Due to the growth of the Chilean pork industry in recent years, the sector has made an effort to maintain its international competitiveness and export to the most demanding markets in the world with high standards of quality and safety, such as Japan, South Korea and the European Union (EU) in order to compete with the world’s largest exporters, led by the United States. This growth in exports has increased the complexity of the swine industry in Chile, forcing companies to become more specialized and dynamic in order to adapt to the changes and to maintain profitability over time. However, many Chilean companies are unable to react efficiently to these changes.

Because of this new situation, one Chilean pork company was interested in developing a decision support system (DSS) based on optimization models for planning production, inventory and storage operations in its slaughterhouse. In this way, the company wanted to improve its plant efficiency and control, and to reduce meat losses, as well as the length of the decision-making process.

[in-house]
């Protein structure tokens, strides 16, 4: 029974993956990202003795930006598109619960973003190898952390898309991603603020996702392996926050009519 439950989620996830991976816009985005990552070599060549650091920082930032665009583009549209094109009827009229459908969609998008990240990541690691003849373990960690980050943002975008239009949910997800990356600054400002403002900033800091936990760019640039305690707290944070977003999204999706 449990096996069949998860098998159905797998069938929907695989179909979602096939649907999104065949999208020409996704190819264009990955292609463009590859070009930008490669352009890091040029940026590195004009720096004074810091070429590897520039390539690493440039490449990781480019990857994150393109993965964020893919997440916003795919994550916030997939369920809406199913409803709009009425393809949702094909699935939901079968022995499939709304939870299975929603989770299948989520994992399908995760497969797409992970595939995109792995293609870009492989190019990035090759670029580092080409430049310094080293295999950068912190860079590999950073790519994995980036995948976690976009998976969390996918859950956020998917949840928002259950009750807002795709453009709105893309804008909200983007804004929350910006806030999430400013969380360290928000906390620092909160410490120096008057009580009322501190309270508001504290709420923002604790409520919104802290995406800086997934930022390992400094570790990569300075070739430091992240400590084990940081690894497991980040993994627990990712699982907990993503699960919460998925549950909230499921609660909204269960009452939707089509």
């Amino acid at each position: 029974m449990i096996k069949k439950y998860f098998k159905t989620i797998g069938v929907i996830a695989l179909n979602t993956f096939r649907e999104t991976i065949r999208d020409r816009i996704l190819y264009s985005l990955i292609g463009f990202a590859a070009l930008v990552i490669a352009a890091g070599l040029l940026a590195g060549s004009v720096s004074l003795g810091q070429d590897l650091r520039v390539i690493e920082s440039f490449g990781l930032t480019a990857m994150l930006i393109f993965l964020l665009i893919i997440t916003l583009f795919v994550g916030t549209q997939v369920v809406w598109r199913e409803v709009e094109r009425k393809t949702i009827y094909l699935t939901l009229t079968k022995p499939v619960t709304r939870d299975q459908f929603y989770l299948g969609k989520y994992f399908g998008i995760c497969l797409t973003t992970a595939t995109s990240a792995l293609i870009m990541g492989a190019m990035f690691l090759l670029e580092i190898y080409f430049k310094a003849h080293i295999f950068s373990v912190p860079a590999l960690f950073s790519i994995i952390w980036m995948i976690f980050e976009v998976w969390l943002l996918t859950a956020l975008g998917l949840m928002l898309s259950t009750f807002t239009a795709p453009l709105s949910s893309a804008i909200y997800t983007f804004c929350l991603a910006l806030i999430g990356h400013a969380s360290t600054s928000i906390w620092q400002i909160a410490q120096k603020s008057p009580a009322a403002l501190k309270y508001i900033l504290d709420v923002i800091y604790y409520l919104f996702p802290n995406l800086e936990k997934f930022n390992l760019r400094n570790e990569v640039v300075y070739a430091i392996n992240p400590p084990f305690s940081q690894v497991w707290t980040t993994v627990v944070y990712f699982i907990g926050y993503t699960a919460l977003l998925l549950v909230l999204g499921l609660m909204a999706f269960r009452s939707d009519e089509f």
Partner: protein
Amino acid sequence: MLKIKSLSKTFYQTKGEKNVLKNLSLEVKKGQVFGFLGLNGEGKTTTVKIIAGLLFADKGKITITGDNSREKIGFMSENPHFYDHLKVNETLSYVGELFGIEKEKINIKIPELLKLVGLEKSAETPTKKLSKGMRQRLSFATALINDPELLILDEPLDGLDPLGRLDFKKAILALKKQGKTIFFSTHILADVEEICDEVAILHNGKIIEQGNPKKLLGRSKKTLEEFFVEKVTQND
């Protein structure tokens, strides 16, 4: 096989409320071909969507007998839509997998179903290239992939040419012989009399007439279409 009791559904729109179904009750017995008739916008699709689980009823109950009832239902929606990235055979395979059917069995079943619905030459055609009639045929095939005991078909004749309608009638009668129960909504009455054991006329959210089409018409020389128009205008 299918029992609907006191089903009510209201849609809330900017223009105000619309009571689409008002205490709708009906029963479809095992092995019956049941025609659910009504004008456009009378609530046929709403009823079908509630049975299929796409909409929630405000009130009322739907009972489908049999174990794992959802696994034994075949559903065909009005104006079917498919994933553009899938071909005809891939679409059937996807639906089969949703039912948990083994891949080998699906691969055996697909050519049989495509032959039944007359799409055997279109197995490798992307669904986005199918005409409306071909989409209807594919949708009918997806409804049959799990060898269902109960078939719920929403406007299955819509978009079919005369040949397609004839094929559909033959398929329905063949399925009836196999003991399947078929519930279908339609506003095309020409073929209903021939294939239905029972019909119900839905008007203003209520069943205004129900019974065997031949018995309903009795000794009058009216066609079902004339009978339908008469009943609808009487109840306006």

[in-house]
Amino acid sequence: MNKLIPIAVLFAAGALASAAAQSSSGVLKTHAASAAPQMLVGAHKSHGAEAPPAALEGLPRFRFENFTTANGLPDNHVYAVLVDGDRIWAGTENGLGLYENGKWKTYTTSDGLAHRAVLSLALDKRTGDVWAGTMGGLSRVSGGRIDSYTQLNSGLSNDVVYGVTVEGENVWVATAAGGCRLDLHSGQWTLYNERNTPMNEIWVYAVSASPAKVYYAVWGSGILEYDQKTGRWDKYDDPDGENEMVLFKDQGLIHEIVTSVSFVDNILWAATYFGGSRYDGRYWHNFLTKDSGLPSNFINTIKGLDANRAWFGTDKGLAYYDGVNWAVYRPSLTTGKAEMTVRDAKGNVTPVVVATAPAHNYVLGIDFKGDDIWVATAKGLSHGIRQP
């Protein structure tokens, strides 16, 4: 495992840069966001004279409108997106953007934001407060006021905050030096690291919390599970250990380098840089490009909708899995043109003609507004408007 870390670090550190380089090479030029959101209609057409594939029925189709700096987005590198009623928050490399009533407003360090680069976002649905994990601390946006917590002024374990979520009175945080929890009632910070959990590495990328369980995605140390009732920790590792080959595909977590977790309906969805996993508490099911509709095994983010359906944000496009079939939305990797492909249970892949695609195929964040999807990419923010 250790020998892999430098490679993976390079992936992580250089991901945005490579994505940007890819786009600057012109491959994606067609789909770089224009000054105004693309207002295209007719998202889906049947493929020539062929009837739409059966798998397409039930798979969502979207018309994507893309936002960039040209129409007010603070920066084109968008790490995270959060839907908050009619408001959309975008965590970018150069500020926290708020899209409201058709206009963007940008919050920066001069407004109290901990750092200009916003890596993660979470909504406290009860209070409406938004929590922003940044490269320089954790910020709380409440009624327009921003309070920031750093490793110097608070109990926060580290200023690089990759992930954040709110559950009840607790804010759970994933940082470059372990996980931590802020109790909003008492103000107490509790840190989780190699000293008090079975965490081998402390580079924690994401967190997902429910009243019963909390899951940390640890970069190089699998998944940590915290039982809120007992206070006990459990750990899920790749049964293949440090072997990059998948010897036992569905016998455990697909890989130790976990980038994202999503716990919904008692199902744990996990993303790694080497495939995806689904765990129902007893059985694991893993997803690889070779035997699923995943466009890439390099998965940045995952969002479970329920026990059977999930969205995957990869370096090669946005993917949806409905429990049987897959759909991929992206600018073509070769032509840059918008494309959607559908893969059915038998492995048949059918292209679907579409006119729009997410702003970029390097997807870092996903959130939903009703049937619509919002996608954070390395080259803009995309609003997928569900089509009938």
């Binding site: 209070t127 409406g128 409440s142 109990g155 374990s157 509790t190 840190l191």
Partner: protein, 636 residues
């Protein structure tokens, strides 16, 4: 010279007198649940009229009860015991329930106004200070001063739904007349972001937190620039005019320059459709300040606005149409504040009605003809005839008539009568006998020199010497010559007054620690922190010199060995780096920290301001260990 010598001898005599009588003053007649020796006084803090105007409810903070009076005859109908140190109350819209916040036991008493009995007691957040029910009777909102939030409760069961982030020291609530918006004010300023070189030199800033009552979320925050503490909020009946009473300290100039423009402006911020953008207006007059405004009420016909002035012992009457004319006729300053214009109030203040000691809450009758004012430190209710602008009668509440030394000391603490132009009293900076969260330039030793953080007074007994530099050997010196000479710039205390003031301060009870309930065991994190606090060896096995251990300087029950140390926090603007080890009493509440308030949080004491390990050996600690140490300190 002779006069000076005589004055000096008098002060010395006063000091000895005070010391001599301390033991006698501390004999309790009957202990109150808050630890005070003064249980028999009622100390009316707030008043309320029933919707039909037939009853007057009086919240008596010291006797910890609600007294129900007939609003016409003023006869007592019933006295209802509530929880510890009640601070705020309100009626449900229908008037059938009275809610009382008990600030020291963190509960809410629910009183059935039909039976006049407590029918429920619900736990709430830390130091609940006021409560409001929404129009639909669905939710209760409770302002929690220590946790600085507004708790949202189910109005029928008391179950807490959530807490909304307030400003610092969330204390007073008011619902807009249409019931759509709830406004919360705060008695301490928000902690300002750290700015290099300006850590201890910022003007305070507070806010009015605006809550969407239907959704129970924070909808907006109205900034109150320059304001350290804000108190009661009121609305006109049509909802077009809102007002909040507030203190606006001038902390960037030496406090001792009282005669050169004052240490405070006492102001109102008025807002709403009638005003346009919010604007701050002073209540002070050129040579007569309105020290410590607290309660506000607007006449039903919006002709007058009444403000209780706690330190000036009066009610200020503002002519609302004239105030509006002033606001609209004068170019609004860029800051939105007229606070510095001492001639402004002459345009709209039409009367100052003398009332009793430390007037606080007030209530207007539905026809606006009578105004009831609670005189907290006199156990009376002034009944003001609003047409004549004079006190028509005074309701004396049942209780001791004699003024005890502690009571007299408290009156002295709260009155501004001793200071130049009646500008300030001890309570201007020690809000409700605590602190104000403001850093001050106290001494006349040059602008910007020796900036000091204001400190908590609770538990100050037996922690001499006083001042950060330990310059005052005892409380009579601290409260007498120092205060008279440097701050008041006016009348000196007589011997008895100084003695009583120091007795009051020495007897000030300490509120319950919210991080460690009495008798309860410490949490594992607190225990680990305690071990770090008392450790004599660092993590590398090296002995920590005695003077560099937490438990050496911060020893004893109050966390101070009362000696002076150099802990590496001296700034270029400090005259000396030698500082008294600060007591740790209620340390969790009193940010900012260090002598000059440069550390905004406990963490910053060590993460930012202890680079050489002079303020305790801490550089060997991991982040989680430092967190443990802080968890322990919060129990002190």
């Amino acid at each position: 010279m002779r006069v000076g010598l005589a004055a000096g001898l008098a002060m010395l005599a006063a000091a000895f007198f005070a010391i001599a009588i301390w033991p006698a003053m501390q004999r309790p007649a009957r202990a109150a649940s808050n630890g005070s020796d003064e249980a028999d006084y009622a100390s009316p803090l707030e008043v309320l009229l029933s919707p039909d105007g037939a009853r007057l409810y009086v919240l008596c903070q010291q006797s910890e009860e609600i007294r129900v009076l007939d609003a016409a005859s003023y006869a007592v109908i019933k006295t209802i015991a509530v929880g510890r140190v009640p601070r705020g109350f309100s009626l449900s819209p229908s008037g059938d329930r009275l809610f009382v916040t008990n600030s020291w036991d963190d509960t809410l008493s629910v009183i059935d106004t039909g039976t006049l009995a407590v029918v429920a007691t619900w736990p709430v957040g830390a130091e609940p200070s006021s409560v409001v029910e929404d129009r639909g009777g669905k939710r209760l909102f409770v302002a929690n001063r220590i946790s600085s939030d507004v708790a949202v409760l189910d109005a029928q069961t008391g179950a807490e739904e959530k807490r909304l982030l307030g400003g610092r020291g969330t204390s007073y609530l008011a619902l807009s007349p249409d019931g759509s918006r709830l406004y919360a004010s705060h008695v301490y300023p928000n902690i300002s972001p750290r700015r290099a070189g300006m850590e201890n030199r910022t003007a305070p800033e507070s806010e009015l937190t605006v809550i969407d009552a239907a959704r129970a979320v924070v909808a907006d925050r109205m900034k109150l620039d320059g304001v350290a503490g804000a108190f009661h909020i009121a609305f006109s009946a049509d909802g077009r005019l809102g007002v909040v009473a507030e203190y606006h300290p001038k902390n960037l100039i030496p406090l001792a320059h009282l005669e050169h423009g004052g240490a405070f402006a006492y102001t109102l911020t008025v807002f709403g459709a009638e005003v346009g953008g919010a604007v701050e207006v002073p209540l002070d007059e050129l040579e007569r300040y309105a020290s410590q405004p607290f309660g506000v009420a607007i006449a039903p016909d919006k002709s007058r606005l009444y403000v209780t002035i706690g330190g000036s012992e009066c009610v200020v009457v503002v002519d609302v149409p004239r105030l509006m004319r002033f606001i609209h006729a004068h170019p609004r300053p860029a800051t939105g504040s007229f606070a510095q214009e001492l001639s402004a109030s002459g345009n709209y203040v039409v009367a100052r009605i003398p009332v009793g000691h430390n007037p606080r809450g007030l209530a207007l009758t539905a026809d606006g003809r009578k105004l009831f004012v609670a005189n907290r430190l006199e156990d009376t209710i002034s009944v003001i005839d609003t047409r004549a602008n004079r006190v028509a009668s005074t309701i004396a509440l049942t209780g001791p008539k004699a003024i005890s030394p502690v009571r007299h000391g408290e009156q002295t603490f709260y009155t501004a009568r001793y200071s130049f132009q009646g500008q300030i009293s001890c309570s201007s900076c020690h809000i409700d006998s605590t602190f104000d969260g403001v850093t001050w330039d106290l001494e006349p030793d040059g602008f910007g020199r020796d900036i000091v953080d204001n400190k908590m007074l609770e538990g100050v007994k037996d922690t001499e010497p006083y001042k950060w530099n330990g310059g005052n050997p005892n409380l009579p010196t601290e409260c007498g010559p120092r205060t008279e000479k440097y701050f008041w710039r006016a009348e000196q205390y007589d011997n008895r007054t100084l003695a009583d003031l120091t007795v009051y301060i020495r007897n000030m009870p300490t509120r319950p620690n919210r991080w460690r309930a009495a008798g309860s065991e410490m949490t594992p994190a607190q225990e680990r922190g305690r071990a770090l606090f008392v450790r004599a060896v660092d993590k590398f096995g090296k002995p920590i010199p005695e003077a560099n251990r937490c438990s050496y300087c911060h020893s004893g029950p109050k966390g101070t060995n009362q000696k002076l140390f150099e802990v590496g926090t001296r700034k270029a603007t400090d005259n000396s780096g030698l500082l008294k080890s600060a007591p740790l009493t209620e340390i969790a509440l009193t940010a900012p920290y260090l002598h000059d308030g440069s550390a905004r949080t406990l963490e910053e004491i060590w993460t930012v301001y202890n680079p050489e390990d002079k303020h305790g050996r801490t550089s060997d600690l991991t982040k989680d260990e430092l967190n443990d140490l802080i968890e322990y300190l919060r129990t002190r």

The company, the fourth largest pork producer in Chile, devoted its efforts to the production, slaughter and export of pork. It is located in the south-central region of Chile and belongs to ASPROCER.

The company’s slaughterhouse currently includes 350 direct employees and 150 indirect employees and processes about 300,000 pigs with a meat volume of 30,000,000 kilos a year. The plant has 10 chilling tunnels with a capacity of 200 tons, six chill rooms for carcasses and one cold storage with capacity of 1,200 tons.